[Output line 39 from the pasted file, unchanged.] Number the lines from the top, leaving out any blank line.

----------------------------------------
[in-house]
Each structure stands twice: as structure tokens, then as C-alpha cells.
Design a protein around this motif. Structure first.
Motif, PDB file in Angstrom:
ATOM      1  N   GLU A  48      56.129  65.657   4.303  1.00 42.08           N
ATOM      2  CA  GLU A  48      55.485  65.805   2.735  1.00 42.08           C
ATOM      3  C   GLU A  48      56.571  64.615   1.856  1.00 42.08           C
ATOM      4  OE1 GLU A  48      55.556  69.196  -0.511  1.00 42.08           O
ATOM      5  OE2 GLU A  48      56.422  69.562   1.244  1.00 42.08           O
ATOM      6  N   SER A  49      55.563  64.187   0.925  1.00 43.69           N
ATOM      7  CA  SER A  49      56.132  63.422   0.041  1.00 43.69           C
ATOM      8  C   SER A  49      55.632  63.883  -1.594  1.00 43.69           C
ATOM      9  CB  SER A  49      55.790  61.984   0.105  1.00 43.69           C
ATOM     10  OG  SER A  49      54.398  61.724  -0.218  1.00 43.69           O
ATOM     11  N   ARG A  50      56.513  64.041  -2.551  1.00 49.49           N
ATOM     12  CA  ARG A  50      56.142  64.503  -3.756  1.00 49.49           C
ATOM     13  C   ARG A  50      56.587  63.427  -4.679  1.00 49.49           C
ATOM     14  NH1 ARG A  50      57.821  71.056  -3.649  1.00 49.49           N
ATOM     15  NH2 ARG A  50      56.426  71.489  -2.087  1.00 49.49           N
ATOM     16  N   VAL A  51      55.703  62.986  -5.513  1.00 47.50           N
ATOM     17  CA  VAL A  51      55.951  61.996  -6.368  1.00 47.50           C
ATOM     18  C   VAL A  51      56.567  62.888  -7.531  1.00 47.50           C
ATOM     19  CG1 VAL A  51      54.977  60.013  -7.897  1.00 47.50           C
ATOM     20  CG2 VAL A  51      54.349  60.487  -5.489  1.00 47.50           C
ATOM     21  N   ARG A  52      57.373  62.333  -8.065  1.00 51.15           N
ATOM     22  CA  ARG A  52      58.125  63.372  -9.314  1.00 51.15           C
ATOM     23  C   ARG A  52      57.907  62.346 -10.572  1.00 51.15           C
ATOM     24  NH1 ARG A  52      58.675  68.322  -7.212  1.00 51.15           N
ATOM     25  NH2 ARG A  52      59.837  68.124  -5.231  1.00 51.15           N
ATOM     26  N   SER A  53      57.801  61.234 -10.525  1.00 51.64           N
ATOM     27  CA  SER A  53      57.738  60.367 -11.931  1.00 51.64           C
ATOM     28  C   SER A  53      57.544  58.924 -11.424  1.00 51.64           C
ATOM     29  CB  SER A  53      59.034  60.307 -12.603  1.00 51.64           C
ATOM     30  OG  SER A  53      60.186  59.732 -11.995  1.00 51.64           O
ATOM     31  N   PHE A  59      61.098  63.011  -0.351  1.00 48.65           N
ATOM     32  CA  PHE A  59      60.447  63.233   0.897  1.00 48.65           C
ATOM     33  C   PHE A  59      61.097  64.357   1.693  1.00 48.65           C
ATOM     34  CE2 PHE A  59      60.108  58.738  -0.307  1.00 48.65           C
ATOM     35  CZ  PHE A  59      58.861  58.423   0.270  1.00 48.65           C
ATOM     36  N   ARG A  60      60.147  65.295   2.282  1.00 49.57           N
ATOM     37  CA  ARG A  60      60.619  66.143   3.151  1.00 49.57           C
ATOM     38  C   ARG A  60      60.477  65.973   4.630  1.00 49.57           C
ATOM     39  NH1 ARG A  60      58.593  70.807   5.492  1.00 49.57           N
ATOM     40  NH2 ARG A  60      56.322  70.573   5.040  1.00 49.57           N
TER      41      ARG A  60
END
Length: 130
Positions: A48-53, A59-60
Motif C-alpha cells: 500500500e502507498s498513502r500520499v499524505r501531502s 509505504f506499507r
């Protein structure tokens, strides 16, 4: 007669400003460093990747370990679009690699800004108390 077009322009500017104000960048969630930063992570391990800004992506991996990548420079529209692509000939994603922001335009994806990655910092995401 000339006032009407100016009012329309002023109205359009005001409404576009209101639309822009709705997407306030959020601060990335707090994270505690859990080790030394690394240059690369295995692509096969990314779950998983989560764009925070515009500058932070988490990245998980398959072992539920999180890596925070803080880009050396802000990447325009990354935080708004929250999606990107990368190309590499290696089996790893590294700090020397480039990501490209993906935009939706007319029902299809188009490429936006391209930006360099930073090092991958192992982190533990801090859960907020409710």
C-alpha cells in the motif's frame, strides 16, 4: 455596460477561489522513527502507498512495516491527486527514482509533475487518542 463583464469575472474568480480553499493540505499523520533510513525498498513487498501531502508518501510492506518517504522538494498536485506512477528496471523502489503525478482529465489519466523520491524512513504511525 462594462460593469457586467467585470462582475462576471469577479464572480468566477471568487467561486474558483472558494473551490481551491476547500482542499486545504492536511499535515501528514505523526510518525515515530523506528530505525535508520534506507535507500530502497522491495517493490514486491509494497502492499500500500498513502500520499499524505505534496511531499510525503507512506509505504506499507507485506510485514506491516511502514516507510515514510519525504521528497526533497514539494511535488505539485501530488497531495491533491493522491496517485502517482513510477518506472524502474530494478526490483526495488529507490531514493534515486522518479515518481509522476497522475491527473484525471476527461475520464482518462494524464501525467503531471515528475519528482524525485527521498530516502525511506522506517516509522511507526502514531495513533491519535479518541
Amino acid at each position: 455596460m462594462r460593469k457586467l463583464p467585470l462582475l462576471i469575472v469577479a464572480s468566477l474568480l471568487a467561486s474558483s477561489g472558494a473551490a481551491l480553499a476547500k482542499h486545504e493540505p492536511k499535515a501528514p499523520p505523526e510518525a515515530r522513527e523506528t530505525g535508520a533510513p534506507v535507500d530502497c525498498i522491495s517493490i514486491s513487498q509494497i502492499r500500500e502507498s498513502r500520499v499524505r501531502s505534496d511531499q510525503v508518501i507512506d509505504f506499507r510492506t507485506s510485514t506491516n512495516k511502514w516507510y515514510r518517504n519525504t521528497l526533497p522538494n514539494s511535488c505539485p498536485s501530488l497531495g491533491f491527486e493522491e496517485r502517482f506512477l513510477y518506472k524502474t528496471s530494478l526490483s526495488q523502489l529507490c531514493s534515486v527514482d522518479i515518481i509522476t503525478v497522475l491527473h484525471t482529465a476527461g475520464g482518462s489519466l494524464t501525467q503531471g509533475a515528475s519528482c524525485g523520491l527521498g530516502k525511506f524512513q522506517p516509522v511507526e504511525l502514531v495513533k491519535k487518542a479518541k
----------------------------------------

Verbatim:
ATOM     35  CZ  PHE A  59      58.861  58.423   0.270  1.00 48.65           C